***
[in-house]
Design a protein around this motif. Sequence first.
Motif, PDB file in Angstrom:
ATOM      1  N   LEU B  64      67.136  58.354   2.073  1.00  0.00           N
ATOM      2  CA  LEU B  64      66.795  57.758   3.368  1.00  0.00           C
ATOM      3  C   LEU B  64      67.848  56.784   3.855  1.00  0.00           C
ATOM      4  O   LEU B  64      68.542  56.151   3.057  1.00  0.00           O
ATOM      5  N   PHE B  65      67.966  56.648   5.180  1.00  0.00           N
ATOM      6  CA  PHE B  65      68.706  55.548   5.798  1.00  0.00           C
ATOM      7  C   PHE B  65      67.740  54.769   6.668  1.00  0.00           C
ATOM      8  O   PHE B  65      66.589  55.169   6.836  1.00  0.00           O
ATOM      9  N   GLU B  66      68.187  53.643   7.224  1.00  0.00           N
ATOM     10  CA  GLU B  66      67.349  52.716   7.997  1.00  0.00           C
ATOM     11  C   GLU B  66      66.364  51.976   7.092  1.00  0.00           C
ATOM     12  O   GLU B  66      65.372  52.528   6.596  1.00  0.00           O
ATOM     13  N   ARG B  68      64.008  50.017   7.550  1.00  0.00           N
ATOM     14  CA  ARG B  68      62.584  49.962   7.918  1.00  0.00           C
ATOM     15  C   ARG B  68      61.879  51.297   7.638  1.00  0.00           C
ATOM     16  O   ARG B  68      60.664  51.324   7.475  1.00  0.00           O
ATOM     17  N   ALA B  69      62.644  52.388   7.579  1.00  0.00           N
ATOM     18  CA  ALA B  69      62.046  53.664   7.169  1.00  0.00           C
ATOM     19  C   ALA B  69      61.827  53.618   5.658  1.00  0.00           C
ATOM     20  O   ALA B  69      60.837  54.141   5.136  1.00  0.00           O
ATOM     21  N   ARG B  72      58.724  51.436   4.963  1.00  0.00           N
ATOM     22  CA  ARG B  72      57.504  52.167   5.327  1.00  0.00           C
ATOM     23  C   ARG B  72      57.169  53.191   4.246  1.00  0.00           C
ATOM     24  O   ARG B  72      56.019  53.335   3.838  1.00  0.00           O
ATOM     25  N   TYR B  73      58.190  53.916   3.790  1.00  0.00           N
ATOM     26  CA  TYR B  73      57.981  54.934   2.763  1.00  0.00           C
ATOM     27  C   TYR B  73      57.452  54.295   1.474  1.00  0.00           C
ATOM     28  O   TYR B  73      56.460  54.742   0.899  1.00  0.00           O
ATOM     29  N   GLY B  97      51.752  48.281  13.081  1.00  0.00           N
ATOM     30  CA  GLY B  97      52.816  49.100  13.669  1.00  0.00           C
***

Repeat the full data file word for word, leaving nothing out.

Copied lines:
[in-house]
Design a protein around this motif. Sequence first.
Motif, PDB file in Angstrom:
ATOM      1  N   LEU B  64      67.136  58.354   2.073  1.00  0.00           N
ATOM      2  CA  LEU B  64      66.795  57.758   3.368  1.00  0.00           C
ATOM      3  C   LEU B  64      67.848  56.784   3.855  1.00  0.00           C
ATOM      4  O   LEU B  64      68.542  56.151   3.057  1.00  0.00           O
ATOM      5  N   PHE B  65      67.966  56.648   5.180  1.00  0.00           N
ATOM      6  CA  PHE B  65      68.706  55.548   5.798  1.00  0.00           C
ATOM      7  C   PHE B  65      67.740  54.769   6.668  1.00  0.00           C
ATOM      8  O   PHE B  65      66.589  55.169   6.836  1.00  0.00           O
ATOM      9  N   GLU B  66      68.187  53.643   7.224  1.00  0.00           N
ATOM     10  CA  GLU B  66      67.349  52.716   7.997  1.00  0.00           C
ATOM     11  C   GLU B  66      66.364  51.976   7.092  1.00  0.00           C
ATOM     12  O   GLU B  66      65.372  52.528   6.596  1.00  0.00           O
ATOM     13  N   ARG B  68      64.008  50.017   7.550  1.00  0.00           N
ATOM     14  CA  ARG B  68      62.584  49.962   7.918  1.00  0.00           C
ATOM     15  C   ARG B  68      61.879  51.297   7.638  1.00  0.00           C
ATOM     16  O   ARG B  68      60.664  51.324   7.475  1.00  0.00           O
ATOM     17  N   ALA B  69      62.644  52.388   7.579  1.00  0.00           N
ATOM     18  CA  ALA B  69      62.046  53.664   7.169  1.00  0.00           C
ATOM     19  C   ALA B  69      61.827  53.618   5.658  1.00  0.00           C
ATOM     20  O   ALA B  69      60.837  54.141   5.136  1.00  0.00           O
ATOM     21  N   ARG B  72      58.724  51.436   4.963  1.00  0.00           N
ATOM     22  CA  ARG B  72      57.504  52.167   5.327  1.00  0.00           C
ATOM     23  C   ARG B  72      57.169  53.191   4.246  1.00  0.00           C
ATOM     24  O   ARG B  72      56.019  53.335   3.838  1.00  0.00           O
ATOM     25  N   TYR B  73      58.190  53.916   3.790  1.00  0.00           N
ATOM     26  CA  TYR B  73      57.981  54.934   2.763  1.00  0.00           C
ATOM     27  C   TYR B  73      57.452  54.295   1.474  1.00  0.00           C
ATOM     28  O   TYR B  73      56.460  54.742   0.899  1.00  0.00           O
ATOM     29  N   GLY B  97      51.752  48.281  13.081  1.00  0.00           N
ATOM     30  CA  GLY B  97      52.816  49.100  13.669  1.00  0.00           C